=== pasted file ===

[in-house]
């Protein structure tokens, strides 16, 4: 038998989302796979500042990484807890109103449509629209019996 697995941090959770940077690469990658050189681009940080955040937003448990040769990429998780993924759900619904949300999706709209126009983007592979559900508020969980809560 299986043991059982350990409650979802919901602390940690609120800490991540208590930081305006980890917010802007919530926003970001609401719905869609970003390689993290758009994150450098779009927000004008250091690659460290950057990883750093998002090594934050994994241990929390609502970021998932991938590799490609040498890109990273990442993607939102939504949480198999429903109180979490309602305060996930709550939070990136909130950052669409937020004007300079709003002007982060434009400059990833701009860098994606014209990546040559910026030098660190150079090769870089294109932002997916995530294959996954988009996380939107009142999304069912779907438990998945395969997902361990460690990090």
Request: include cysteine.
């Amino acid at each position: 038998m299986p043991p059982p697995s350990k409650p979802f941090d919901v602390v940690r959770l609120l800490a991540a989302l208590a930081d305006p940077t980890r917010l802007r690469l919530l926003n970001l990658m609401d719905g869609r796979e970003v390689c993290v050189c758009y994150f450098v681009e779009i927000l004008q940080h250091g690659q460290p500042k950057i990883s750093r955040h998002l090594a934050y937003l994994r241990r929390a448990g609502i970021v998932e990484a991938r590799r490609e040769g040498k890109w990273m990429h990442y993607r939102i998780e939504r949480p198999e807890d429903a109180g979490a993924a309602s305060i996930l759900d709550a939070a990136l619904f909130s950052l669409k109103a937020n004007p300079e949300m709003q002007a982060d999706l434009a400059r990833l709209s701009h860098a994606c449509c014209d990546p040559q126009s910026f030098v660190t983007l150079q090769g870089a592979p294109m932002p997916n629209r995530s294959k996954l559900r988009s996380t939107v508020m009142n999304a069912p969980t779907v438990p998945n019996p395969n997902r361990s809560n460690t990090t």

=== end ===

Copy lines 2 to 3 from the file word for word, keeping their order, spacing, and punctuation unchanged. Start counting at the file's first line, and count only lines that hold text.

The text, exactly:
């Protein structure tokens, strides 16, 4: 038998989302796979500042990484807890109103449509629209019996 697995941090959770940077690469990658050189681009940080955040937003448990040769990429998780993924759900619904949300999706709209126009983007592979559900508020969980809560 299986043991059982350990409650979802919901602390940690609120800490991540208590930081305006980890917010802007919530926003970001609401719905869609970003390689993290758009994150450098779009927000004008250091690659460290950057990883750093998002090594934050994994241990929390609502970021998932991938590799490609040498890109990273990442993607939102939504949480198999429903109180979490309602305060996930709550939070990136909130950052669409937020004007300079709003002007982060434009400059990833701009860098994606014209990546040559910026030098660190150079090769870089294109932002997916995530294959996954988009996380939107009142999304069912779907438990998945395969997902361990460690990090």
Request: include cysteine.